10.86 %

In calculating the percent recovery for temperature, the fluorescence intensity reading at RT after exposure to heat treatment was compared with the initial intensity obtained at RT which is 11170 RFU. IV. Discussion Spectroscopy is the study of spectra. A spectrum (pl. spectra) is defined in physics as a distribution of a characteristic of a physical system or a phenomenon. In the field of physical biochemistry, various types of spectroscopic techniques are being used to study biological molecules, such as absorption, emission, mass, and nuclear magnetic resonance spectroscopy (van Holde et al, 1998). In this experiment, the concentration of the protein sample was determined through absorption spectroscopy and the effect of different stress factors, specifically extreme heat and pH, were determined through fluorescence spectroscopy. Absorption Spectroscopy Absorption spectroscopy deals with the transfer of electrons from the ground to excited state. This transfer, which allows the absorption of energy at a particular wavelength, occurs due to the presence of different molecular orbitals (See Figure 7). Electrons transfer from the ground to excited state when the molecules of a sample are exposed to a light bearing an energy that allows an electronic transition to occur. When this happens, some of the energy is absorbed. Electronic transitions occur from the highest occupied molecular orbital (HOMO) to the lowest unoccupied molecular orbital (LUMO), and of the six possible transitions shown in Figure 7, only the leftmost two transitions are achievable within 200-800 nm wavelength range (Laqua, 1988).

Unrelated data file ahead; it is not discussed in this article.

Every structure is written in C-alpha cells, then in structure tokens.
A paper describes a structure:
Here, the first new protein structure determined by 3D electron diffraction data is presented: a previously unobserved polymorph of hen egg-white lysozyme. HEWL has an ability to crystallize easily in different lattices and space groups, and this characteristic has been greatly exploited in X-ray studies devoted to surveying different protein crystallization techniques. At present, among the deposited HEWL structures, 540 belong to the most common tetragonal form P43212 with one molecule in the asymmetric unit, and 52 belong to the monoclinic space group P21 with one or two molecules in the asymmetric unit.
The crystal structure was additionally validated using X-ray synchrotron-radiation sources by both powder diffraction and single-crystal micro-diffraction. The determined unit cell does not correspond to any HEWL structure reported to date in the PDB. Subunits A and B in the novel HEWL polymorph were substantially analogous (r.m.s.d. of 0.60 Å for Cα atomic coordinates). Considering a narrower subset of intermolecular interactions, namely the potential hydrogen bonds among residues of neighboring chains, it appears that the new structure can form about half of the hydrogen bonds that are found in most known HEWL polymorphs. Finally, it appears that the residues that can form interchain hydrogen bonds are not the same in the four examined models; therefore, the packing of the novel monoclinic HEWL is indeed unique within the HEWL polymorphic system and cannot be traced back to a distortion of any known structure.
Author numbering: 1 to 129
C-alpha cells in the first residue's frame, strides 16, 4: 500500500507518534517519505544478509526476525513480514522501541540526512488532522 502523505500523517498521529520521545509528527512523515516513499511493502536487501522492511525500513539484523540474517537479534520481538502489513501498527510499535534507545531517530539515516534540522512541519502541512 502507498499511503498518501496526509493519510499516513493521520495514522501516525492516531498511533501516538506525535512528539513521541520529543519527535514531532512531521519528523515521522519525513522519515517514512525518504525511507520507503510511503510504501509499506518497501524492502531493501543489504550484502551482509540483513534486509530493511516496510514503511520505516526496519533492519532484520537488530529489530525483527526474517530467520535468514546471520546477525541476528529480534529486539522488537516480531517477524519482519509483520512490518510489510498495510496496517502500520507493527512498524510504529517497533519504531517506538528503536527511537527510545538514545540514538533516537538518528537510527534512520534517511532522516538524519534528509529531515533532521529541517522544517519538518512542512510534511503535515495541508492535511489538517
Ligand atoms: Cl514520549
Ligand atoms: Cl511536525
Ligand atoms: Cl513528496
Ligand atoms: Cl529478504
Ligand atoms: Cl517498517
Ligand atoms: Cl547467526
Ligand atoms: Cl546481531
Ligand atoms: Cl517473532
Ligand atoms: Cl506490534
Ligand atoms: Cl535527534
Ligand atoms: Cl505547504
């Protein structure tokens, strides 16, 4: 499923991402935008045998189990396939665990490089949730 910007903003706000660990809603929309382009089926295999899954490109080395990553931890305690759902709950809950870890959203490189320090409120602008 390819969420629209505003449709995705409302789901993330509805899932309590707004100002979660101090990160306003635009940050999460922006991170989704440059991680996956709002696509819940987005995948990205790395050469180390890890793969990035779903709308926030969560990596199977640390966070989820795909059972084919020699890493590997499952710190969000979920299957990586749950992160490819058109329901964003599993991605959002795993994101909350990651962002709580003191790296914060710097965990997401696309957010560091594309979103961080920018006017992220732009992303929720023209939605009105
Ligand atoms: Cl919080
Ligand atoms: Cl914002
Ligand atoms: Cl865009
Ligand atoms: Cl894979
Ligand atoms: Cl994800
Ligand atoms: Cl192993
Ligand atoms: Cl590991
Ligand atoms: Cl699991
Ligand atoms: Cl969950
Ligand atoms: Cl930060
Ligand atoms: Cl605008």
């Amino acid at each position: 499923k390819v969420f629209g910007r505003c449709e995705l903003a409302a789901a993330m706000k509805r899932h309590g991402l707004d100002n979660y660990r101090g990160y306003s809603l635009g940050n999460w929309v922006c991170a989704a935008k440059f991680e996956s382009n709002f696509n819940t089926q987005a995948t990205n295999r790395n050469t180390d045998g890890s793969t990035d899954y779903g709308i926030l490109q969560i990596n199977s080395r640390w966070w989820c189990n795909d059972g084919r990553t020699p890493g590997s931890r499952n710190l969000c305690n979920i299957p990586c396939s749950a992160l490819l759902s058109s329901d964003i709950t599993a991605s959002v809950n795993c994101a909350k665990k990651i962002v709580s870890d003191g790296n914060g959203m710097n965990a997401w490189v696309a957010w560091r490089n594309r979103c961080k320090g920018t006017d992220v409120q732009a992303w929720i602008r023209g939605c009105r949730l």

Figure 7. Different molecular orbitals and the transitions electrons can undergo. The transfer of electrons from HOMO to LUMO due to excitation at a particular wavelength causes the absorption of energy. In the figure, only the two leftmost transitions can be achieved in excitations using lights with wavelength from 200-800 nm.